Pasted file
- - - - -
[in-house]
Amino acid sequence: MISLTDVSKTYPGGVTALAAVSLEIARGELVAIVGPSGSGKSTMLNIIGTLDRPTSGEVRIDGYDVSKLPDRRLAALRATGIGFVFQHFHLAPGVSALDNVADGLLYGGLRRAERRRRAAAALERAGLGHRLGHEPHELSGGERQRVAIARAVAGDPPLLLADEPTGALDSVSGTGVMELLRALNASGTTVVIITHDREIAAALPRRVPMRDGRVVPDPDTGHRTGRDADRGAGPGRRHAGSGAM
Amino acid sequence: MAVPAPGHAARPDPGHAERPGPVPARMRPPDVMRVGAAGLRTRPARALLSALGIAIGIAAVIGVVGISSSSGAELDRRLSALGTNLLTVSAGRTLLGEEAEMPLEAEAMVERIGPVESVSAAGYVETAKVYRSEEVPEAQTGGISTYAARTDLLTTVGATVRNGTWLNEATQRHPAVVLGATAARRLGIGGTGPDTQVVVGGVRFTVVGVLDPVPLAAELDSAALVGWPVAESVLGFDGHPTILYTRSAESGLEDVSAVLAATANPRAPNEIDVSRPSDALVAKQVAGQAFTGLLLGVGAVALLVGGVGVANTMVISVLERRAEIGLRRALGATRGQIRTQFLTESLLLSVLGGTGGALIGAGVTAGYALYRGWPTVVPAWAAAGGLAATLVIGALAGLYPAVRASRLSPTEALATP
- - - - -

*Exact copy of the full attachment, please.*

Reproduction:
[in-house]
Amino acid sequence: MISLTDVSKTYPGGVTALAAVSLEIARGELVAIVGPSGSGKSTMLNIIGTLDRPTSGEVRIDGYDVSKLPDRRLAALRATGIGFVFQHFHLAPGVSALDNVADGLLYGGLRRAERRRRAAAALERAGLGHRLGHEPHELSGGERQRVAIARAVAGDPPLLLADEPTGALDSVSGTGVMELLRALNASGTTVVIITHDREIAAALPRRVPMRDGRVVPDPDTGHRTGRDADRGAGPGRRHAGSGAM
Amino acid sequence: MAVPAPGHAARPDPGHAERPGPVPARMRPPDVMRVGAAGLRTRPARALLSALGIAIGIAAVIGVVGISSSSGAELDRRLSALGTNLLTVSAGRTLLGEEAEMPLEAEAMVERIGPVESVSAAGYVETAKVYRSEEVPEAQTGGISTYAARTDLLTTVGATVRNGTWLNEATQRHPAVVLGATAARRLGIGGTGPDTQVVVGGVRFTVVGVLDPVPLAAELDSAALVGWPVAESVLGFDGHPTILYTRSAESGLEDVSAVLAATANPRAPNEIDVSRPSDALVAKQVAGQAFTGLLLGVGAVALLVGGVGVANTMVISVLERRAEIGLRRALGATRGQIRTQFLTESLLLSVLGGTGGALIGAGVTAGYALYRGWPTVVPAWAAAGGLAATLVIGALAGLYPAVRASRLSPTEALATP